[root@phenon linux-2.6.37-rc1]# make
                              CHK     include/linux/version.h
                              CHK     include/generated/utsrelease.h
                              CC      arch/x86/kernel/asm-offsets.s
                            In file included from /usr/src/linux-2.6.37-rc1/arch/x86/include/asm/suspend_64.h:10:0,
                                             from /usr/src/linux-2.6.37-rc1/arch/x86/include/asm/suspend.h:4,
                                             from arch/x86/kernel/asm-offsets_64.c:20,
                                             from arch/x86/kernel/asm-offsets.c:4:
                            /usr/src/linux-2.6.37-rc1/arch/x86/include/asm/i387.h: In function ‘irq_ts_save’:
                            /usr/src/linux-2.6.37-rc1/arch/x86/include/asm/i387.h:324:2: error: implicit declaration of function ‘kernel_locked’
                            make[1]: *** [arch/x86/kernel/asm-offsets.s] Error 1
                            make: *** [prepare0] Error 2
                            [root@phenon linux-2.6.37-rc1]#

                            Comment


                            • #15
                              Originally posted by NomadDemon View Post
                              iam not native english, i already reed giant lock, but dont understand anything [nothing seems to be more clear]

                              both, benchmarks and explanations
                              A lock is a synchronization primitive. Basically you place it around blocks of code, and then it becomes impossible for 1 thread to enter the block until the first has exited. The idea is to keep 1 thread from deleting or modifying some shared data before another thread has finished using it. In a userspace program that is only an issue for multi-threaded applications. In the kernel, there are all sorts of threads, events, and hardware interrupts that can cause an issue.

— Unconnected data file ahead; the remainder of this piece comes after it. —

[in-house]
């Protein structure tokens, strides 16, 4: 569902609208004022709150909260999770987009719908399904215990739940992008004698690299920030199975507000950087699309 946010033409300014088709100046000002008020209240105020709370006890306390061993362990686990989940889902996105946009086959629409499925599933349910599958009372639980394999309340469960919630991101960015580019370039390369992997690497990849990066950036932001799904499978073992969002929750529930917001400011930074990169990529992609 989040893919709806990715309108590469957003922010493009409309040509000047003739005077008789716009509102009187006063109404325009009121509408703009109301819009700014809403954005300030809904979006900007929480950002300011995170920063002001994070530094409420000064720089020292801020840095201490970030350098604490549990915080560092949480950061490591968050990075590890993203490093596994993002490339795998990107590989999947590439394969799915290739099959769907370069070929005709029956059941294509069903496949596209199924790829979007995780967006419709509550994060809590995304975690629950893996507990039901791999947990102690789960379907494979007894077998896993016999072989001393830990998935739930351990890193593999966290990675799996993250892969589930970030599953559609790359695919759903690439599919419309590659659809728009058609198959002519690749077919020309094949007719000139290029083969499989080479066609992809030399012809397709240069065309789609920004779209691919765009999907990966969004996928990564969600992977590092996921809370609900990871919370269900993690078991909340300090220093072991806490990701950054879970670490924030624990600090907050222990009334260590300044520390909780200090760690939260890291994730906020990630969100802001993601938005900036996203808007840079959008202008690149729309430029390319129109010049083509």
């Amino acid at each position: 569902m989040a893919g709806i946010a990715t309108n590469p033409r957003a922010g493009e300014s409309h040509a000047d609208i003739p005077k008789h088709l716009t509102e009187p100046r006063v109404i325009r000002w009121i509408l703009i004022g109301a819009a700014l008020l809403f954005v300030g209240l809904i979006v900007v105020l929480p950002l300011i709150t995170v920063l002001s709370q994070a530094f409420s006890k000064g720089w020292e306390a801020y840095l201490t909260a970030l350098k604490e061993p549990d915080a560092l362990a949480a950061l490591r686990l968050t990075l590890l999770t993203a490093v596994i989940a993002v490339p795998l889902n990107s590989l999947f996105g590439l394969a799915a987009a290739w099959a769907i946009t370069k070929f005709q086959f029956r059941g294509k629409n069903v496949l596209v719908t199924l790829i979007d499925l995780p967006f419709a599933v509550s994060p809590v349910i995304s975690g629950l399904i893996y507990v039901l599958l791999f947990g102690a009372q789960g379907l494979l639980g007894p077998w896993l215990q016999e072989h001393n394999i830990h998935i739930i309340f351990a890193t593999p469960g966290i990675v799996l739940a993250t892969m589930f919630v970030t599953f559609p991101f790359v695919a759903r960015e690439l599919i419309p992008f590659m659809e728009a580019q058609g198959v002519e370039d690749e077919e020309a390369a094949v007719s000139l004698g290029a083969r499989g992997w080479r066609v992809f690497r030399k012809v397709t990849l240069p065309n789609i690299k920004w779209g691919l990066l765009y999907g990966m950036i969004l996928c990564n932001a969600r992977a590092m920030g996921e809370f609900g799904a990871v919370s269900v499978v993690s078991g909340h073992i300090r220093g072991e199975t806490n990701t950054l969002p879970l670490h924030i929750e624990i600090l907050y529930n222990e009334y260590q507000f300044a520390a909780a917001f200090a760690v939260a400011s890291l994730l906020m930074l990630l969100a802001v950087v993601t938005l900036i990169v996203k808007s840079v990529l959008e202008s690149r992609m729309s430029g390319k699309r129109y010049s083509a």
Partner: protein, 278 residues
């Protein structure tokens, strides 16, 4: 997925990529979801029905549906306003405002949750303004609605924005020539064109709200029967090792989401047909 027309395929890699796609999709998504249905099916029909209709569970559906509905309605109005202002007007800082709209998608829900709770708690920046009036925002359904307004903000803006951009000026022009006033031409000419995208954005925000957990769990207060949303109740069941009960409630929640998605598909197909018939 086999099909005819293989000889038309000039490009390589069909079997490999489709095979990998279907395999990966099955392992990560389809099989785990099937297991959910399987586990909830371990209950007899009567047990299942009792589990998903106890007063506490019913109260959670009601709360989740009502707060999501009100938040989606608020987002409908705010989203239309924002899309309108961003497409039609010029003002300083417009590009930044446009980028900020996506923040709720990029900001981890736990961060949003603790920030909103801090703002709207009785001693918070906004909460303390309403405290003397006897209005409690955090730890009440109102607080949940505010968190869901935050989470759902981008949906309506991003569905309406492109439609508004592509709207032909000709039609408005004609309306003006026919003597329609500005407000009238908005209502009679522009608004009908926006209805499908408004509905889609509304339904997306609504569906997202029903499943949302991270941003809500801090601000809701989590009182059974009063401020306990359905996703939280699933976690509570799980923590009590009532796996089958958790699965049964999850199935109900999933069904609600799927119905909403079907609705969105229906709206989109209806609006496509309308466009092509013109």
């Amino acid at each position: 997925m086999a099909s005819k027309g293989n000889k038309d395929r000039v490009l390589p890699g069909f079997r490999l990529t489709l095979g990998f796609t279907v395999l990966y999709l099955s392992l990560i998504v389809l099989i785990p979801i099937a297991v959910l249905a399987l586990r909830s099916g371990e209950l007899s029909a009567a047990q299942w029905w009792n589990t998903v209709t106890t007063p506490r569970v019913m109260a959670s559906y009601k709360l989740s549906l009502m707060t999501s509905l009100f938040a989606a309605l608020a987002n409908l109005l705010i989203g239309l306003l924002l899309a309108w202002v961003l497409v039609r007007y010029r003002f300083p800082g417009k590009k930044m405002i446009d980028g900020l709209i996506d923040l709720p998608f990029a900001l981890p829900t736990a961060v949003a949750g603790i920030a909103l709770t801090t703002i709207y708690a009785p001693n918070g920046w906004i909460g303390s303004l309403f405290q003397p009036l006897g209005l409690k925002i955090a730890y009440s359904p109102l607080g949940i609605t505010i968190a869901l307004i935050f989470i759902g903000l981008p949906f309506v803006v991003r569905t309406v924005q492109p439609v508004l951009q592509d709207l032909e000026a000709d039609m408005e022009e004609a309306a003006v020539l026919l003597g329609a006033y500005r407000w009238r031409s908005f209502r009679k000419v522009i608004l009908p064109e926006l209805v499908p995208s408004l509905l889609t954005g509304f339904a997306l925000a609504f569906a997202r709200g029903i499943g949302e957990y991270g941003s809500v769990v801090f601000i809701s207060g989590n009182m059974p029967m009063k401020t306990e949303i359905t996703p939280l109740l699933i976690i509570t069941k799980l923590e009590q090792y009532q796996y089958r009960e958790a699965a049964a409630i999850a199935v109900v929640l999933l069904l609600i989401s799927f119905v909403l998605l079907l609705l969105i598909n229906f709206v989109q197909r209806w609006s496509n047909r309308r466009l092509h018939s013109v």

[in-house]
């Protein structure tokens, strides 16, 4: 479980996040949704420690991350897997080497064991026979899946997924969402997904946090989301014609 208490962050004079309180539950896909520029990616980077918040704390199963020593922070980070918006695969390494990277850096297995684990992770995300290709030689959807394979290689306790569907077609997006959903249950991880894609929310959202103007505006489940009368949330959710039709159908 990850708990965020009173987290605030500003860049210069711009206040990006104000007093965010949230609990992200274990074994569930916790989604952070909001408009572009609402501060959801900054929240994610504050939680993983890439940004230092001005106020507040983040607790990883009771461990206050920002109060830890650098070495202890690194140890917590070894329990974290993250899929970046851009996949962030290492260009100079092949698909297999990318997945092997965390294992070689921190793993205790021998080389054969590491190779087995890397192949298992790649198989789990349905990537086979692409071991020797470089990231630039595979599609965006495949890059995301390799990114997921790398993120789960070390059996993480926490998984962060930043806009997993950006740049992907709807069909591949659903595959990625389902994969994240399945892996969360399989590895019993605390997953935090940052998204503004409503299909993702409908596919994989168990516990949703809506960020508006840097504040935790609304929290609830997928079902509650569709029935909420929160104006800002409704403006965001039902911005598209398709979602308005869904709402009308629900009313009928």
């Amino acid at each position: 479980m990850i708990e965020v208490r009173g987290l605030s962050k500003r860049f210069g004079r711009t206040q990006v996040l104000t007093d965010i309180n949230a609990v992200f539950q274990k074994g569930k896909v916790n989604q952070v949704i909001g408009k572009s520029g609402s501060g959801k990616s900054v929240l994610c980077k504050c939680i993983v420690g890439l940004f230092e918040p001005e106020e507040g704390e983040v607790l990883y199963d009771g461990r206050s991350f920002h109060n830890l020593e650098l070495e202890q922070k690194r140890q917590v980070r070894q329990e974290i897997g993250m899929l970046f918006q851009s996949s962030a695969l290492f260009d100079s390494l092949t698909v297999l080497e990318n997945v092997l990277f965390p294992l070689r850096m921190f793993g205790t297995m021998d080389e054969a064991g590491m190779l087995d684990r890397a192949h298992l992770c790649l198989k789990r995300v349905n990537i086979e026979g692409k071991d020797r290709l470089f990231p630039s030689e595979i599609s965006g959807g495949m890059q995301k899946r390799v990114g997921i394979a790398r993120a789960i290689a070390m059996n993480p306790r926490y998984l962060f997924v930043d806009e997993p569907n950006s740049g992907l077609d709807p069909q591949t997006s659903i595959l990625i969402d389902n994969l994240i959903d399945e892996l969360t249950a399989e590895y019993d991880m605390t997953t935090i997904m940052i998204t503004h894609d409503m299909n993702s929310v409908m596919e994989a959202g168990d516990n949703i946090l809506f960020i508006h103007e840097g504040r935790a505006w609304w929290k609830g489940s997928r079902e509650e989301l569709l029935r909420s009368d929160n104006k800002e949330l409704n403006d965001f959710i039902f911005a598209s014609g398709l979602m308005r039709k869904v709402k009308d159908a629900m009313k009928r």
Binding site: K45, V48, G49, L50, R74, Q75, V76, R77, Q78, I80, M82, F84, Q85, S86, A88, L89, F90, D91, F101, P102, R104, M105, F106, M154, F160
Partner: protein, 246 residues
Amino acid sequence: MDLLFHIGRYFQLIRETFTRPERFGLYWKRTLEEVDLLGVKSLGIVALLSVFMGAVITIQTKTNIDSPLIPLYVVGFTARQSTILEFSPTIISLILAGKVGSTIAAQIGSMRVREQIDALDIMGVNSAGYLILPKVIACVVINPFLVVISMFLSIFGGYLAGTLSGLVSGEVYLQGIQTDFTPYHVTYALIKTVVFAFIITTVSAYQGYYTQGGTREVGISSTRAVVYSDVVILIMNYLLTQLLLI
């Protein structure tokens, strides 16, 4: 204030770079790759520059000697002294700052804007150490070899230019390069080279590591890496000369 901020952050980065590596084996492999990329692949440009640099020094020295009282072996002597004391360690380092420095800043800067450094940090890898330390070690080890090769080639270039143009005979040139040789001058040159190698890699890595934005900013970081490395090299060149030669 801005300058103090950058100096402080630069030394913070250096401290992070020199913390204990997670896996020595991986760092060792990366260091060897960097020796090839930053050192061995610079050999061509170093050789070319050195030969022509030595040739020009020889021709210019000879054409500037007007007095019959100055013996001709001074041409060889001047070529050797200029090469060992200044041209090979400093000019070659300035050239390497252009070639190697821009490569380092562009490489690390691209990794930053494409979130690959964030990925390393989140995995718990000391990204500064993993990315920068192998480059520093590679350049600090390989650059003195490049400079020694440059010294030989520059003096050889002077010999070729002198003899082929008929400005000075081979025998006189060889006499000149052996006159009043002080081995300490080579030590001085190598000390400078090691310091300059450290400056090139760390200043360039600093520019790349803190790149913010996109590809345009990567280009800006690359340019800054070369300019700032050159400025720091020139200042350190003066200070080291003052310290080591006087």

A long time ago, devs originally create 1 large lock and used it everywhere in the kernel. That was simple to do, because essentially grabbing the lock switched all the code inside into a single-threaded mode. But it has issues with scalability - you want as many different threads as possible able to work. There's no reason the memory subsystem and the Ext4 filesystem should both be blocking each other. So the solution is to create 2 locks, one for each section. The complication is that so much complicated code had come to rely on the single lock that it was almost impossible to predict the behavior of the kernel when you messed with that global lock. So people have been slowly going through section by section of the kernel to try and factor out what codes needs to share the same lock and what code can be separated out. A lot of the code under the global lock didn't even need to be, and was just there because the original coder thought it might be an issue.

                              So I'm not really sure how benchmarks will change. It will definitely increase the scalability of anything that likes to hit a bunch of kernel code. But on the other hand, this has been going on piece by piece for many years. So a lot of the benefits were already done and in previous kernels.